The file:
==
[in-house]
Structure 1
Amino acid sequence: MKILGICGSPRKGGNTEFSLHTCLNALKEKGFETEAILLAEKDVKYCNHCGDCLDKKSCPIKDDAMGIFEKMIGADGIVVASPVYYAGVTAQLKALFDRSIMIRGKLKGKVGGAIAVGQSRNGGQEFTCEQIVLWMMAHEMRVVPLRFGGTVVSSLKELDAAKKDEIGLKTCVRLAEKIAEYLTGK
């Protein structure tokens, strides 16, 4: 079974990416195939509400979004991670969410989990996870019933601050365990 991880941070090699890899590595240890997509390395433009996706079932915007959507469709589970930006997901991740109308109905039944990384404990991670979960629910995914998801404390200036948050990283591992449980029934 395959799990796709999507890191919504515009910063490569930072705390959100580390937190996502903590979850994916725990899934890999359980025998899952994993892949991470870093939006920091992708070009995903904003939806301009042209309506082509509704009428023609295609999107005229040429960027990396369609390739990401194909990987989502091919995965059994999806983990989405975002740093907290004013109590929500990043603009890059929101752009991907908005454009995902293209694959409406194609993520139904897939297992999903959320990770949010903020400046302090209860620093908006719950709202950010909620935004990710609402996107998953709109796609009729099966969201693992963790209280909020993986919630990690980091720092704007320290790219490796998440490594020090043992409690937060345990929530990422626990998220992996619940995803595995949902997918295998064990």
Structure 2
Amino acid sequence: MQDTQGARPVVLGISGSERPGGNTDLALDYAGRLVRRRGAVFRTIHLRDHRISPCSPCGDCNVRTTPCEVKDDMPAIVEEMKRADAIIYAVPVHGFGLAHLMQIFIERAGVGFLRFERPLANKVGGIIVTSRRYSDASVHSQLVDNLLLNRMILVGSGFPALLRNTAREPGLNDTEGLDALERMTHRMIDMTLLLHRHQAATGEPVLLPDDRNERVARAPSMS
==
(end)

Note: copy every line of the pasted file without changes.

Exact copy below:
[in-house]
Structure 1
Amino acid sequence: MKILGICGSPRKGGNTEFSLHTCLNALKEKGFETEAILLAEKDVKYCNHCGDCLDKKSCPIKDDAMGIFEKMIGADGIVVASPVYYAGVTAQLKALFDRSIMIRGKLKGKVGGAIAVGQSRNGGQEFTCEQIVLWMMAHEMRVVPLRFGGTVVSSLKELDAAKKDEIGLKTCVRLAEKIAEYLTGK
């Protein structure tokens, strides 16, 4: 079974990416195939509400979004991670969410989990996870019933601050365990 991880941070090699890899590595240890997509390395433009996706079932915007959507469709589970930006997901991740109308109905039944990384404990991670979960629910995914998801404390200036948050990283591992449980029934 395959799990796709999507890191919504515009910063490569930072705390959100580390937190996502903590979850994916725990899934890999359980025998899952994993892949991470870093939006920091992708070009995903904003939806301009042209309506082509509704009428023609295609999107005229040429960027990396369609390739990401194909990987989502091919995965059994999806983990989405975002740093907290004013109590929500990043603009890059929101752009991907908005454009995902293209694959409406194609993520139904897939297992999903959320990770949010903020400046302090209860620093908006719950709202950010909620935004990710609402996107998953709109796609009729099966969201693992963790209280909020993986919630990690980091720092704007320290790219490796998440490594020090043992409690937060345990929530990422626990998220992996619940995803595995949902997918295998064990």
Structure 2
Amino acid sequence: MQDTQGARPVVLGISGSERPGGNTDLALDYAGRLVRRRGAVFRTIHLRDHRISPCSPCGDCNVRTTPCEVKDDMPAIVEEMKRADAIIYAVPVHGFGLAHLMQIFIERAGVGFLRFERPLANKVGGIIVTSRRYSDASVHSQLVDNLLLNRMILVGSGFPALLRNTAREPGLNDTEGLDALERMTHRMIDMTLLLHRHQAATGEPVLLPDDRNERVARAPSMS